NOV 30, -0001
Augmented reality will let Western University students swim with sharks
NOV 03, 2021
Swimming with the sharks has become a handy expression for describing difficult actions, but some Western University biology students will be getting about as close as you can to the real thing without getting wet.
Swimming with the sharks has become a handy expression for describing difficult actions, but some Western University biology students will get about as close as you can to the real thing without getting wet.
Using augmented reality, Western University biology professor Paul Mensink is working with London-based EXAR Studios to develop an app that will shrink students to “mini-size” to explore the inside and outside of the long-persecuted basking shark, the second largest fish in the sea after the whale shark.
Augmented reality enhances real-world objects by computers visually or in other ways, such as sound.
“It takes students through this really immersive style of learning instead of being a passive observer,” Mensink said.
Starting early next year, his first-year biology students, who come from several different faculties, will use their phones to discover new worlds under the sea.
“Students will look at their anatomy in full as if (the sharks) are standing right in front of them, and walk alongside it and see them opening their mouth and then getting swallowed,” he said.
Later the students will be virtually excreted as an organic material that forms marine snow, a kind of detritus, on the ocean floor, Mensink said
The project is funded by a US$50,000 grant from Unity Charitable Fund.
“They use augmented reality, which is basically this idea of overlay computer simulation or computer models in the real environment,” Mensink said. “The easiest way to do that is to use your phone. It will overlay those computer designs into the actual environment you are in.”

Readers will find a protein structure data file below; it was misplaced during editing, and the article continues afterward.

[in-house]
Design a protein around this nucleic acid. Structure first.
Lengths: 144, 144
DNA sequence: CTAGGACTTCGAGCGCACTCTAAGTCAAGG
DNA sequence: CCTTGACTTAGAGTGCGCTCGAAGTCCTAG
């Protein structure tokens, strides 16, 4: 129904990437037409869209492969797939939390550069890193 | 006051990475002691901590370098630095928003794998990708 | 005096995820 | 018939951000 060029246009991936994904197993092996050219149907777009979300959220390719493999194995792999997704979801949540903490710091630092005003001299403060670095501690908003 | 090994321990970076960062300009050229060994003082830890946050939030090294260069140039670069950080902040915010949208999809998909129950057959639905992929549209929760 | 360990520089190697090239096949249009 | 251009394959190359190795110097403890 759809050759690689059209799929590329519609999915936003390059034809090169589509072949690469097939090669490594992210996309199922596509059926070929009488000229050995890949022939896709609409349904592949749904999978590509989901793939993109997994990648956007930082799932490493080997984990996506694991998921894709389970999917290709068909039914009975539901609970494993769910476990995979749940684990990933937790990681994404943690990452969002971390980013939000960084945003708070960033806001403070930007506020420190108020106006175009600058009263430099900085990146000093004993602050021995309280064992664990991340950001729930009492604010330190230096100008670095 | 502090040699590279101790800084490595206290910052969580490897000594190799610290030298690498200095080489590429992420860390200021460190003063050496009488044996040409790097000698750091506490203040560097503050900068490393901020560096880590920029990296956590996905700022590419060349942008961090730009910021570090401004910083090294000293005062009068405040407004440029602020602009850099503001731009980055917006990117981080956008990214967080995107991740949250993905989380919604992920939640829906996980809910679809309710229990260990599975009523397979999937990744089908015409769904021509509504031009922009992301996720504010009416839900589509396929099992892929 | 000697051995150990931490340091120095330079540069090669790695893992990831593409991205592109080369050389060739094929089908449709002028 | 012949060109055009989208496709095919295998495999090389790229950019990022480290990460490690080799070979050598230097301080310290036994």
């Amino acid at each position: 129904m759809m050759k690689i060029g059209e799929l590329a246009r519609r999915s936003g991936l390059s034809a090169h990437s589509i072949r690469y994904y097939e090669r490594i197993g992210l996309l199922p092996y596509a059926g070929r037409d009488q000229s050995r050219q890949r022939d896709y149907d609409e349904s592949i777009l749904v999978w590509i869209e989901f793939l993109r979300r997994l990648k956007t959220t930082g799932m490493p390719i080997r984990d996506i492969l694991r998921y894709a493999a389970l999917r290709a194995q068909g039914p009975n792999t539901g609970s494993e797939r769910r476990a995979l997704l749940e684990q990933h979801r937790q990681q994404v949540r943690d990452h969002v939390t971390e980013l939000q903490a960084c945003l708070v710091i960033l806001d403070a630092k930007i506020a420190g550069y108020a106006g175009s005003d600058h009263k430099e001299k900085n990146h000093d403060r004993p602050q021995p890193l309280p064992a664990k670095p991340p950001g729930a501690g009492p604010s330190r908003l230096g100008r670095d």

The premise of the three-year project is to explore whether the technology “could cross this over into education,” Mensink said.
“There are a lot of benefits to being able to see the things you are talking about. In a traditional lecture format, you would see a photo or a video of a basking shark. The difference here is you actually get to stand beside a basking shark and walk around it, as if it was standing right beside you,” he said.
Students will be required to tag the basking shark and understand the satellite tagging process, as well as identify threats they face, such as fishing nets and ship strikes, as part of their studies.
The new course is part of three-year project that looks at whether immersive technology, like augmented reality and game-based learning, will help students become more engaged and involved in their learning, Mensink said.
“My goal is to see these technologies thread throughout the university and be used more often,” he said. “I’ve got computer science students working on content for other courses in the university. We have students building an augmented reality game to teach students how to sort trash, as well, because we have such a high contamination rate in the university.”
Dining on plankton, the surface-feeding basking shark has an average length of about eight metres and is found in warm-water oceans worldwide.
Harmless to humans, basking sharks are considered a vulnerable species around the globe. In Canada, they are considered endangered by the species-at-risk program.
Researched extensively by Mensink, who calls the sharks a “super cool” species,” they have endured a “horrible history in Canada,” he said.
“In Canada we used to have a population on the west coast, but they were eradicated by the government as they were thought to be a nuisance species because they kept getting tangled in fishing nets,” he said. “There were actual boats designed as killing machines for this species.”